Nightshades are a plant family that includes tomatoes, potatoes, eggplant, hot peppers, and sweet bell peppers. Spices and condiments derived from these foods, including cayenne, paprika, and Tabasco sauce, also fall into the nightshade family. Nightshades can aggravate joint inflammation, so many health professionals tell patients with all types of arthritis to steer clear of these foods, although it seems that only certain people are sensitive. Nightshades contain a toxic alkaloid called solanine, which is normally destroyed in the intestines. Solanine irritates the gastrointestinal tract and can also cause diarrhea, headache, and vomiting.
What you can do: Avoid green tomatoes, green potatoes, and sprouted potatoes, which contain higher levels of toxic alkaloids. Cooking nightshades reduces their alkaloid content by 40 to 50 percent, but if you're sensitive, you might try eliminating them from your diet temporarily. Experts are split on the amount of time it takes to see true results; some say two to three weeks is a good trial; others recommend a minimum of six weeks.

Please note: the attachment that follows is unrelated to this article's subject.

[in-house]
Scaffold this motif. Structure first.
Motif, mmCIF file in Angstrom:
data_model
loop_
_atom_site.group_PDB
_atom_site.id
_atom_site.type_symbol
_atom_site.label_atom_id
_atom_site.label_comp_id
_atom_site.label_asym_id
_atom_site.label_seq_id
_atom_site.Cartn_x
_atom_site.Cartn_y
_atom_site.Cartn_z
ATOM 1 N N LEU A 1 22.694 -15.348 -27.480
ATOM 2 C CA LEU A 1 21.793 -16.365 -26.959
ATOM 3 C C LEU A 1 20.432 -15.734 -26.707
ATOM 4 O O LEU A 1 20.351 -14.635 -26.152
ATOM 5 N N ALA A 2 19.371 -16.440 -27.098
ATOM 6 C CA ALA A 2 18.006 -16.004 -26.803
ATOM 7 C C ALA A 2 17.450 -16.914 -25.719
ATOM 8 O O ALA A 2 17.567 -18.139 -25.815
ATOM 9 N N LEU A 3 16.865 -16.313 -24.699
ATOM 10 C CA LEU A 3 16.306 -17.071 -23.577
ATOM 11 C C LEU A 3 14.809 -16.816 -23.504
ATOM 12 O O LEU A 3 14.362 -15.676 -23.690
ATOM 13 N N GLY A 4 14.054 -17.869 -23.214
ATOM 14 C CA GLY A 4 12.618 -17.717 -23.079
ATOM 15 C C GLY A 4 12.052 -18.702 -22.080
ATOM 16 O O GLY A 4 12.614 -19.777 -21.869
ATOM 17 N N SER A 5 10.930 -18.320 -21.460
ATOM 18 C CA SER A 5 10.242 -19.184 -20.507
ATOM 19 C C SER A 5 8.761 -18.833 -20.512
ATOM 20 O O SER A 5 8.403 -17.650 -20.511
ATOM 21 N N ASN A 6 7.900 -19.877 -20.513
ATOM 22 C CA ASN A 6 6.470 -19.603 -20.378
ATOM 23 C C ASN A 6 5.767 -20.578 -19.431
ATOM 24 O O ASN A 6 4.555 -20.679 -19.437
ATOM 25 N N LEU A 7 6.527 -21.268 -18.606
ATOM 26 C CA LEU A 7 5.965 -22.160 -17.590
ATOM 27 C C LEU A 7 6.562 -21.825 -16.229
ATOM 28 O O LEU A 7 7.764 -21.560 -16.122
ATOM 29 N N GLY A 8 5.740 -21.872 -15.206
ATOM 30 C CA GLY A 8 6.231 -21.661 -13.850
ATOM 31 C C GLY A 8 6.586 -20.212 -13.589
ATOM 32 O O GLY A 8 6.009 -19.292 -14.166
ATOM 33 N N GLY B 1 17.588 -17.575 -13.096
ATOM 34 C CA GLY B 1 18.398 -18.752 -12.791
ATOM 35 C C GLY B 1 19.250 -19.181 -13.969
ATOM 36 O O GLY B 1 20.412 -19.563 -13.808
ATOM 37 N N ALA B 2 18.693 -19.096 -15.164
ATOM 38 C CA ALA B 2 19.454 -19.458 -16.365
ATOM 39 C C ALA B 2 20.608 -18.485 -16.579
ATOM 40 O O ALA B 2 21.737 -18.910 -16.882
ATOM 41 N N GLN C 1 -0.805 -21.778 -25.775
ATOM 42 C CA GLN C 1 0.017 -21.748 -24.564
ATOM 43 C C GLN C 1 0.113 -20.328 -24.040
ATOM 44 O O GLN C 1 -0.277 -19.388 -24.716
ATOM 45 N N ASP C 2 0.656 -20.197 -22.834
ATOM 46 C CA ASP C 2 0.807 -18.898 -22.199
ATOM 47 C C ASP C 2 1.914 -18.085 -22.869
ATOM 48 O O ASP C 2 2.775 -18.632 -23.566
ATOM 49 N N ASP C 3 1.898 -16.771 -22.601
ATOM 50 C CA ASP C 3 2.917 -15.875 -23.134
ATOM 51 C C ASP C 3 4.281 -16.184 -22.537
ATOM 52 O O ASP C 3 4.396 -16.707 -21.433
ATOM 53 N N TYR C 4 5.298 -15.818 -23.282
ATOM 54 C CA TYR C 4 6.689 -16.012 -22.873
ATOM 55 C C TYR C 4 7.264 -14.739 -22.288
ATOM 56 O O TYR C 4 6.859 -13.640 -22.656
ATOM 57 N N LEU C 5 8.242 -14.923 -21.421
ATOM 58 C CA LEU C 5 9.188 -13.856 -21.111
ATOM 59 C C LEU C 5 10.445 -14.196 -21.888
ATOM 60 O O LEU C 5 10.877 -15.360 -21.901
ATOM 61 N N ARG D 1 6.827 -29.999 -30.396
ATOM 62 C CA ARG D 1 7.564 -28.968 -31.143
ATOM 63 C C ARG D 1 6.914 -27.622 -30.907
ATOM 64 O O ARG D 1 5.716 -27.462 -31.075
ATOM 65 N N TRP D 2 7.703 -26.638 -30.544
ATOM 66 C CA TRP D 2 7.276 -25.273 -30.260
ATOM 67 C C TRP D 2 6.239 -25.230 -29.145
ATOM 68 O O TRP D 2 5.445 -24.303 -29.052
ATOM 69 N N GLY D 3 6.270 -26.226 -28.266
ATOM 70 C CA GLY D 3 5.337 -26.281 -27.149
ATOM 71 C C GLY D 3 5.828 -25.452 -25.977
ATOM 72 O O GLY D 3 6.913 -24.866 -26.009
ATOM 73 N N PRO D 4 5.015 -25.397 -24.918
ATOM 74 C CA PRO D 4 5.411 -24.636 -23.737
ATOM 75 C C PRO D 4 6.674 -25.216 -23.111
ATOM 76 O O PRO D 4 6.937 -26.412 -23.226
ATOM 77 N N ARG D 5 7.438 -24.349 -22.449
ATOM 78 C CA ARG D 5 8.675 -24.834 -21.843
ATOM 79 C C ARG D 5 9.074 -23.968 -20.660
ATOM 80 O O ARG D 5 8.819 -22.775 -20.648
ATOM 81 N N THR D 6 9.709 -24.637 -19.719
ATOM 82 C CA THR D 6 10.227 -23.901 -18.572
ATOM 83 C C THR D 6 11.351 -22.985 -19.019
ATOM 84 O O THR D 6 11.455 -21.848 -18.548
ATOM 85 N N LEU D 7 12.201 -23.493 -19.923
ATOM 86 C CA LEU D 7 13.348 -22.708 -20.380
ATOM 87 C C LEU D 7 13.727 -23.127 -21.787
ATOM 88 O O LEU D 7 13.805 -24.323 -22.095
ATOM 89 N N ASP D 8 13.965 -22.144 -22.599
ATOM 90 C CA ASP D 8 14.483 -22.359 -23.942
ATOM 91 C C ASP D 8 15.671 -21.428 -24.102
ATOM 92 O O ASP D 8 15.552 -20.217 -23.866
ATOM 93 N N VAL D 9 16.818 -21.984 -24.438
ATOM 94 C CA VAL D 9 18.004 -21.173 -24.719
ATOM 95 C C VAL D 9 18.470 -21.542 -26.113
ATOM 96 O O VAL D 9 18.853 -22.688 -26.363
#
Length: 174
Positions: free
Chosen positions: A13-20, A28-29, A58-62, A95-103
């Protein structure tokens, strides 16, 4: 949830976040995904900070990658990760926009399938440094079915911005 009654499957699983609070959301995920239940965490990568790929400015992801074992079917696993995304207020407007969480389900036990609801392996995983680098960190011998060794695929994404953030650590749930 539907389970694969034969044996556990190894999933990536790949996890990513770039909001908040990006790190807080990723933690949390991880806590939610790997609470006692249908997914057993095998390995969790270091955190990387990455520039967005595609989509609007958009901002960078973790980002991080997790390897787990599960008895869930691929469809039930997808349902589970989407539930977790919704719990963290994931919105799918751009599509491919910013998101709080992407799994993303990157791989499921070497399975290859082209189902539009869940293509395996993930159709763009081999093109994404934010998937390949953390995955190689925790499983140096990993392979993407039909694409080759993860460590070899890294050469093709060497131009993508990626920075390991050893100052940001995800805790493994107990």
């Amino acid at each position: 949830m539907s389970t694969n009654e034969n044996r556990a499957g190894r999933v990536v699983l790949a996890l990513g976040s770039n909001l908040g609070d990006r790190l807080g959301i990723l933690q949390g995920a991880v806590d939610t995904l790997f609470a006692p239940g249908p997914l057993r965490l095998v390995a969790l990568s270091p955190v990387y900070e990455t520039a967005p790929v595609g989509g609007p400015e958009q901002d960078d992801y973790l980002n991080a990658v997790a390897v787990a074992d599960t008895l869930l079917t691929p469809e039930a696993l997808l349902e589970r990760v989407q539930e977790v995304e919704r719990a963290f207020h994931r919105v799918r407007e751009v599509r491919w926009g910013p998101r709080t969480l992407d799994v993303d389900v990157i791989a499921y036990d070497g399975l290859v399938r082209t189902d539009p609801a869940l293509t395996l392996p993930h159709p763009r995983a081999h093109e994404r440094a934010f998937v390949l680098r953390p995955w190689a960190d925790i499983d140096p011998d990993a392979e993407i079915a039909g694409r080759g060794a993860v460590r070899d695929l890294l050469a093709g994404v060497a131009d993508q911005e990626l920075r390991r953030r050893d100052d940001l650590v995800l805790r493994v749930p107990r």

If you're eliminating nightshades from your diet, it's the perfect time to ramp up your intake of foods that fight inflammation, particularly if you're prone to arthritis. Try these picks for super anti-inflammatory power: foods rich in omega-3 fatty acids, including flaxseed, walnuts, salmon, mackerel and sardines; pineapple; and onion, garlic, ginger, and turmeric.